The Turnbull government is at war with the people. This is a government which hates their own constituents. The Liberal Party has lost touch with what it stands for and will be decimated unless it changes tack. Across the next electoral cycle the Liberals will lose power federally and in every state with the exception, perhaps, of Tasmania.
Those are not the words of the opposition, but of one of the Liberal Party’s leading strategists of the past 20 years.
Geoffrey Greene has worked as Liberal Party state director in both South Australia and Queensland and was one of the architects behind John Howard’s successful election campaigns between 1996 and 2007.
Greene spoke to The New Daily in the hope of shocking his party back from the brink.
Known for his ruthless political savvy, Greene was an old-fashioned, behind-the-scenes political operative. His public declaration of despair follows on from the resignations this month of Liberal federal director Tony Nutt and his deputy John Burston, also a former South Australian Liberal Party director.
“They would not have supported the warfare this government has declared on its citizens,” Greene said.
“The Turnbull government has attacked every core constituency, small business, superannuants, pensioners, families with children, all because they have a budget that is out of control.
“They have not done anything about their own backyard. Public servants still fly at the front of the plane.”
He warns that the crashing political fortunes of his party is being accompanied by administrative collapse at federal, state and branch levels, with membership and donations in freefall.
Greene said a major Liberal Party constituency was small business, yet they had been burdened with excessive regulation.
“This is a government which only listens to big business,” Greene said. “Small business has been annihilated.”
Greene sheets home blame for the Liberal Party debacle to a lack of professionalism.
“Generally speaking, the whole malaise of this government is due to inept advice, ministerial and organisational,” he said. “The Liberal Party once possessed a professional caste of political operatives and campaign staff who helped politicians nuance their messages and understand the voters.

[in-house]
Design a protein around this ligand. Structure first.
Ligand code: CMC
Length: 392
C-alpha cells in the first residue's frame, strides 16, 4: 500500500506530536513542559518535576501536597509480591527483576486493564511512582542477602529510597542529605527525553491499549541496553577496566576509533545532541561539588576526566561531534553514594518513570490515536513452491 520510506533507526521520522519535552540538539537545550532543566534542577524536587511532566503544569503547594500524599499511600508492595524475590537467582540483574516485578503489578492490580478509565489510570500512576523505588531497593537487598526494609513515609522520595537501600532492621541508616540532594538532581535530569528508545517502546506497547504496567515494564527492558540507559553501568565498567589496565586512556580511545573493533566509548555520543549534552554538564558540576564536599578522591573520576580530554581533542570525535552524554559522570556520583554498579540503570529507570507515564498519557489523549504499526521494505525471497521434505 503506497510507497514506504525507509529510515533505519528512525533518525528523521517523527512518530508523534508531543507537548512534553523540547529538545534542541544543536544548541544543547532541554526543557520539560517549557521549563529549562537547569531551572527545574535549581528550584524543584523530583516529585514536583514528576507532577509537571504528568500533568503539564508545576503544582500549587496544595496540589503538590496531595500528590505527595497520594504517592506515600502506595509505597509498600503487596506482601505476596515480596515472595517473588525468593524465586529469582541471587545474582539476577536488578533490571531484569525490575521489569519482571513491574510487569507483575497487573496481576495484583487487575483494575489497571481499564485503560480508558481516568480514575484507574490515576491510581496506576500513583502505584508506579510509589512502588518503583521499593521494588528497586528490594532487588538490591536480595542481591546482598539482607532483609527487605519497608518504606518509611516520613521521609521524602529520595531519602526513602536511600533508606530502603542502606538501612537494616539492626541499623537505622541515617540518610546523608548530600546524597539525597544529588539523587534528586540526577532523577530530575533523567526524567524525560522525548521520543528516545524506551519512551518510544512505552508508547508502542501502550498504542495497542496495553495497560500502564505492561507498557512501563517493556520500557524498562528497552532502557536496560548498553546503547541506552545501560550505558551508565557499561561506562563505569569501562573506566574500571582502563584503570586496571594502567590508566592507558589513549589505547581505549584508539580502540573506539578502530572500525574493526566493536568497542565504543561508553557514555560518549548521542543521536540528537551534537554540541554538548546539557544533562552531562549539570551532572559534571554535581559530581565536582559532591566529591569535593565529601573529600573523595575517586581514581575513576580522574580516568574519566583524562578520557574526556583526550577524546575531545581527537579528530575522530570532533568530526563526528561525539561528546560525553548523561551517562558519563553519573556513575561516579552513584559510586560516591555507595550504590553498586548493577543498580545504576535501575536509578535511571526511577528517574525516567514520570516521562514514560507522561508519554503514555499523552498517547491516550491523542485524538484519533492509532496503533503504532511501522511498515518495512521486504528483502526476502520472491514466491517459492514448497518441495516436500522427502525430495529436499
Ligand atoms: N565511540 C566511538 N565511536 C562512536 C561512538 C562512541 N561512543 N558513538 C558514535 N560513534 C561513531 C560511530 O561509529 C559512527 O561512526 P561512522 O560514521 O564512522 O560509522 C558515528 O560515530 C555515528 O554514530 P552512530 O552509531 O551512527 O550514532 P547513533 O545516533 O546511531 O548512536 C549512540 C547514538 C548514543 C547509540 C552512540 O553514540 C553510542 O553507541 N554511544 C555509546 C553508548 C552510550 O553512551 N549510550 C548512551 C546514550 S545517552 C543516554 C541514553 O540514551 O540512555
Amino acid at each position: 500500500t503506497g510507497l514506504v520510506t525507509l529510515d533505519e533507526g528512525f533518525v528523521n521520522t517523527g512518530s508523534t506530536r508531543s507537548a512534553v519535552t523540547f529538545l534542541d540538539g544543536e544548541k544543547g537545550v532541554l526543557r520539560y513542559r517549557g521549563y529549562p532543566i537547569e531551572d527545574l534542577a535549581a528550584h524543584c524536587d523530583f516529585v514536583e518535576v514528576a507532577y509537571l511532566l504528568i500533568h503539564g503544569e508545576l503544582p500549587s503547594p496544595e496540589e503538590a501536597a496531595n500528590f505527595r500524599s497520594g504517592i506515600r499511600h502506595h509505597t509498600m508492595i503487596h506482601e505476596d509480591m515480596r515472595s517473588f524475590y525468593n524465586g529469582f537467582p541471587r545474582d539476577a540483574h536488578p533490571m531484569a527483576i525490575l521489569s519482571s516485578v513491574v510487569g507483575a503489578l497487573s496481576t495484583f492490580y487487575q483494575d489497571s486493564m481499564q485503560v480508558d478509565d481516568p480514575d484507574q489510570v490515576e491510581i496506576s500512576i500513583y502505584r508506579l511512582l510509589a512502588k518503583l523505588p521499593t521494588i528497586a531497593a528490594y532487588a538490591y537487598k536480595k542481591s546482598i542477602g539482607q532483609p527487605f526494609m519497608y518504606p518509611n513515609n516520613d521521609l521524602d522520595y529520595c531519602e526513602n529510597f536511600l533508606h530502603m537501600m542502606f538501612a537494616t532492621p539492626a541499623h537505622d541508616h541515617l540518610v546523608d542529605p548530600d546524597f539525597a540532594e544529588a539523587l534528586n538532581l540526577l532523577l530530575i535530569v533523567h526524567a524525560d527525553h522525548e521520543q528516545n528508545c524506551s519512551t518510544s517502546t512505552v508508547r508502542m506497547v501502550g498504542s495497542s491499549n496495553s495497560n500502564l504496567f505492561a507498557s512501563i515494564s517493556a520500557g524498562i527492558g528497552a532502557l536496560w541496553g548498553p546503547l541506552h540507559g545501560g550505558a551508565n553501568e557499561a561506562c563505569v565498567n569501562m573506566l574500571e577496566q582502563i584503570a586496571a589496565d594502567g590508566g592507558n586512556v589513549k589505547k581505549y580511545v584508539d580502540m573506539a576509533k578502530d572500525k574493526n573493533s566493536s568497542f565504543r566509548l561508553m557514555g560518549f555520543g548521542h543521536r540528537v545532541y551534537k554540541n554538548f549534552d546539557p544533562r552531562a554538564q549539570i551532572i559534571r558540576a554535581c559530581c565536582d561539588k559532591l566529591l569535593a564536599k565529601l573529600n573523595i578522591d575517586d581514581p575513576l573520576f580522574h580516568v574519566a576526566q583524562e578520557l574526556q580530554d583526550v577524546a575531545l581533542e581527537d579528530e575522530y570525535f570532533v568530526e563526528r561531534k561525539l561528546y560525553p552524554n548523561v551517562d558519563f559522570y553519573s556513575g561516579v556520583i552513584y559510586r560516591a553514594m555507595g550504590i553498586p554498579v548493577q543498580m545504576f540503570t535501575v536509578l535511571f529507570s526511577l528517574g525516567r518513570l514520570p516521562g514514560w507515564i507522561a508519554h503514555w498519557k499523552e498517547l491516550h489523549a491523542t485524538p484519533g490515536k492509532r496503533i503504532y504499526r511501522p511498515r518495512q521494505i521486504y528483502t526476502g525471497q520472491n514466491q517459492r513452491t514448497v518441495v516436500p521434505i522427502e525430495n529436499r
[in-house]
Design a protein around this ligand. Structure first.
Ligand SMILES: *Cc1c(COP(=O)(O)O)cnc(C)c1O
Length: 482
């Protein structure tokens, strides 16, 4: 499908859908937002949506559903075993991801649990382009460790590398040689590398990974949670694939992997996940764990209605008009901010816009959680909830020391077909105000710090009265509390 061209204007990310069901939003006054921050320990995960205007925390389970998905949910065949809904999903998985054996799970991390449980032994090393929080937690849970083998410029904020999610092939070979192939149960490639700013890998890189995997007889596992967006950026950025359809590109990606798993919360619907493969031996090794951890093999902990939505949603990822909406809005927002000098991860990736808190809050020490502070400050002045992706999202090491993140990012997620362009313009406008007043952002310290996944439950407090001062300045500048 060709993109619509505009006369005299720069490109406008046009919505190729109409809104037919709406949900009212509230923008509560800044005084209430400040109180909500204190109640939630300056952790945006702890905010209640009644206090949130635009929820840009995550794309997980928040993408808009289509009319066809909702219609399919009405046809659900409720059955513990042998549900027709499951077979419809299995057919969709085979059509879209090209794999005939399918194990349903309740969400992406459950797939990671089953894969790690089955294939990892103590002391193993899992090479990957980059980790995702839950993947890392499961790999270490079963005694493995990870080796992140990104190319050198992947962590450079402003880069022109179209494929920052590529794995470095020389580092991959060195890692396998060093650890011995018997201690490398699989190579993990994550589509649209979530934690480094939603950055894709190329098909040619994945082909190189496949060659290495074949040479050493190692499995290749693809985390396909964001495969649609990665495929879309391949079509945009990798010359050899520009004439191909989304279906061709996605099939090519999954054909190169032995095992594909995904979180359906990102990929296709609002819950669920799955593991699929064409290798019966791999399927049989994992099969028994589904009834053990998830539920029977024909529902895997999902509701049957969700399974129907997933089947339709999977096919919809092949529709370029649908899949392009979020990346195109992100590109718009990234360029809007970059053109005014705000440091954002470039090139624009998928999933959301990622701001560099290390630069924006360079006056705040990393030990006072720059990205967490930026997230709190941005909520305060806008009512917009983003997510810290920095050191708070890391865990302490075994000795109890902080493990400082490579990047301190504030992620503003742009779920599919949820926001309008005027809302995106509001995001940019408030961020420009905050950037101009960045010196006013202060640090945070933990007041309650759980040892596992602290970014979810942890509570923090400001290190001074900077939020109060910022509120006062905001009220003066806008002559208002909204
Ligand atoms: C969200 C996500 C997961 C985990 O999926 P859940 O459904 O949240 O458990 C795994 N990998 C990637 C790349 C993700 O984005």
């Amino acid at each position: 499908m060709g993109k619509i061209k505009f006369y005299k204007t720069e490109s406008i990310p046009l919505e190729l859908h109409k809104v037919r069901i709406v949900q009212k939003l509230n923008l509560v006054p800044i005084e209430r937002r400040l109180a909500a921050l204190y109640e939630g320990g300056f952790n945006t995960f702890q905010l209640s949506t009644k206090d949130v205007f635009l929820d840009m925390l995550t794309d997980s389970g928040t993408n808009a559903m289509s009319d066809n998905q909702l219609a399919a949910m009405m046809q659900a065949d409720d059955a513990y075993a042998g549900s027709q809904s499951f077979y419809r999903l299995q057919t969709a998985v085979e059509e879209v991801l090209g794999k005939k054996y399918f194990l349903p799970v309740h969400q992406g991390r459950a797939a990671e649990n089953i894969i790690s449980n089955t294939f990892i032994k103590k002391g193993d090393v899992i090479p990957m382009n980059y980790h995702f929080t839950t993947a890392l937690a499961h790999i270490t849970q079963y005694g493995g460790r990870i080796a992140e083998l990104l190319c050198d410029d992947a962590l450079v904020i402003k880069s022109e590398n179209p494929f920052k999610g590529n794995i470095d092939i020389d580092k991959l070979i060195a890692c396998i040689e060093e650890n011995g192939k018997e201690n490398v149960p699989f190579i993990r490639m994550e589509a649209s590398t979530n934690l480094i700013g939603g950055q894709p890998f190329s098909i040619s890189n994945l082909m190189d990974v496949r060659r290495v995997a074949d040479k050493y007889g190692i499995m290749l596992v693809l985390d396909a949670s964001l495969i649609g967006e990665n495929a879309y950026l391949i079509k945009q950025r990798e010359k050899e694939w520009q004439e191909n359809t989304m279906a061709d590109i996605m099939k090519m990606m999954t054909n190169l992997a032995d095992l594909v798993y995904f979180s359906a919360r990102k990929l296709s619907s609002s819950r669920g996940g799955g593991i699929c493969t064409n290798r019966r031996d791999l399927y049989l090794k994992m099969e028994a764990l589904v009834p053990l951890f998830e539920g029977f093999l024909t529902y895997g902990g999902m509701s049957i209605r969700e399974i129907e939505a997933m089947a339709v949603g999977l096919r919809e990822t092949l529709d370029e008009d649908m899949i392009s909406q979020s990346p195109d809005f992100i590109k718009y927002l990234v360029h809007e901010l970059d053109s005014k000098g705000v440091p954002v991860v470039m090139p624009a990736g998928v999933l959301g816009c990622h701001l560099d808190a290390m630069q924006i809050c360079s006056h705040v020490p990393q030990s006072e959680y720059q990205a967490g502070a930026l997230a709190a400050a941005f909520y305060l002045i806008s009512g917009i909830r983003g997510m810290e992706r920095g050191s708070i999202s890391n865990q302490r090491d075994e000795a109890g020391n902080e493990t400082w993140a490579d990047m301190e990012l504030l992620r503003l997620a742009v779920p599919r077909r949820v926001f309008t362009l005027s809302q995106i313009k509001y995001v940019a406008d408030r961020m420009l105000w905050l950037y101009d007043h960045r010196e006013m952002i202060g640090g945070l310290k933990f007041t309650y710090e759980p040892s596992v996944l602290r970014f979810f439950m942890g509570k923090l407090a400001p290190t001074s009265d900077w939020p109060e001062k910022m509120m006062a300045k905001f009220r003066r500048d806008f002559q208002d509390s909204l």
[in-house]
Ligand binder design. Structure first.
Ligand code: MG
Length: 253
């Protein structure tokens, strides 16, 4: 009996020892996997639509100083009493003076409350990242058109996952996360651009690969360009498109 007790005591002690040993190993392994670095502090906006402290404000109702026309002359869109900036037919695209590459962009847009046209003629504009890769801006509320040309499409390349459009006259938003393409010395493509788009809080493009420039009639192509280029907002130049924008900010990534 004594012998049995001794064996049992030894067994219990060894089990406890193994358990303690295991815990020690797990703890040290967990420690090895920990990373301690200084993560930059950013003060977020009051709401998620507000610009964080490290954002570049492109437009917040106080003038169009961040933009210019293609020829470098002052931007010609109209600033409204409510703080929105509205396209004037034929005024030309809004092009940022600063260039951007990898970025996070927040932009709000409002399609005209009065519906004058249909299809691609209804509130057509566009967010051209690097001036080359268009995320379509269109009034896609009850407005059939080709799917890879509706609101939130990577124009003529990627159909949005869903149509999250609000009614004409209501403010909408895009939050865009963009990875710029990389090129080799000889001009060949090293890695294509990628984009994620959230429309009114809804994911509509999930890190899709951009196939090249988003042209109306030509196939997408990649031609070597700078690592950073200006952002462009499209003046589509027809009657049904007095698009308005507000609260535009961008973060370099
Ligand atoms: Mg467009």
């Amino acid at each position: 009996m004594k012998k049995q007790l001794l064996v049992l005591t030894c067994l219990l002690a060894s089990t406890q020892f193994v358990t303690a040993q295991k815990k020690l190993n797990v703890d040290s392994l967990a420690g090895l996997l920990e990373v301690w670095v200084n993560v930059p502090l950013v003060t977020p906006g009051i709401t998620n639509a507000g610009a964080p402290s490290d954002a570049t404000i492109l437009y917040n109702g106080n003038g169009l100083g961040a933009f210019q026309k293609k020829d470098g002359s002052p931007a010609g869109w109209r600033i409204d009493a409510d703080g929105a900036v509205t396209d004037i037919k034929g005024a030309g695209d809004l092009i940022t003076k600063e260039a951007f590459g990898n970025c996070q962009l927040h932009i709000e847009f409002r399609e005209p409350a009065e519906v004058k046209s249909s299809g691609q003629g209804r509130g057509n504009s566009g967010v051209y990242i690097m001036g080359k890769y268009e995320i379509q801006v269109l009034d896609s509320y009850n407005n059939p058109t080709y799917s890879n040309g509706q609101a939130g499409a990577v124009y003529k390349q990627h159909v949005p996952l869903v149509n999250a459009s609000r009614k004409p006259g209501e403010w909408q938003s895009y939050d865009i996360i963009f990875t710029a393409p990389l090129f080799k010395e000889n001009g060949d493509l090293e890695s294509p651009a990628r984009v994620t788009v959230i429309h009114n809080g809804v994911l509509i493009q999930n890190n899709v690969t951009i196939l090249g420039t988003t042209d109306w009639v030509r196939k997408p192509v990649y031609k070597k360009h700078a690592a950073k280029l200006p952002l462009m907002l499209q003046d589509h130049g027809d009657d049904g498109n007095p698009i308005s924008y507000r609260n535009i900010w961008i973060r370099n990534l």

“We knew from our polling how every person voted in every street and why. We understood how to ensure policy platforms met the expectations of the citizenry.”
Greene said Malcolm Turnbull did not represent the traditionally socially conservative Liberal voter.
“The rise of Pauline Hanson is a reflection that the Liberal Party has walked away from their values. It permeates the brand across the country. It is offensive.”
Greene said the party’s drift from its base was compounded by the lack of professional political operatives now working in parliamentary offices.
“I have never seen a set of government ministers more captured by their departments,” he said. “Managers sourced from the department are loyal to their departments, professional advisers are loyal to their parties, and to those who voted for them.
“Turnbull is running the country with a group of 25-year-old political brats. He doesn’t listen.”
From Centrelink robo-calls to the botched implementation of the NBN, government incompetence is at the forefront of public concerns.
“It will be a hard road to win them back,” Greene said.
In recent weeks there have been frantic attempts by Turnbull to seize control of the national narrative, including the “dog-whistling” of citizenship tests and attacks on so-called dole bludgers, many of whom, with the destruction of manufacturing, are simply unable to find a job.
All this activity barely lifted Turnbull’s dismal standing in the polls a single point.
“Turnbull has nothing left,” Greene said. “There are no other constituencies his government can attack.”
This article was first published at The New Daily.
Geoffrey Greene was the director of the South Australian Liberal Party from 2012 to 2015.
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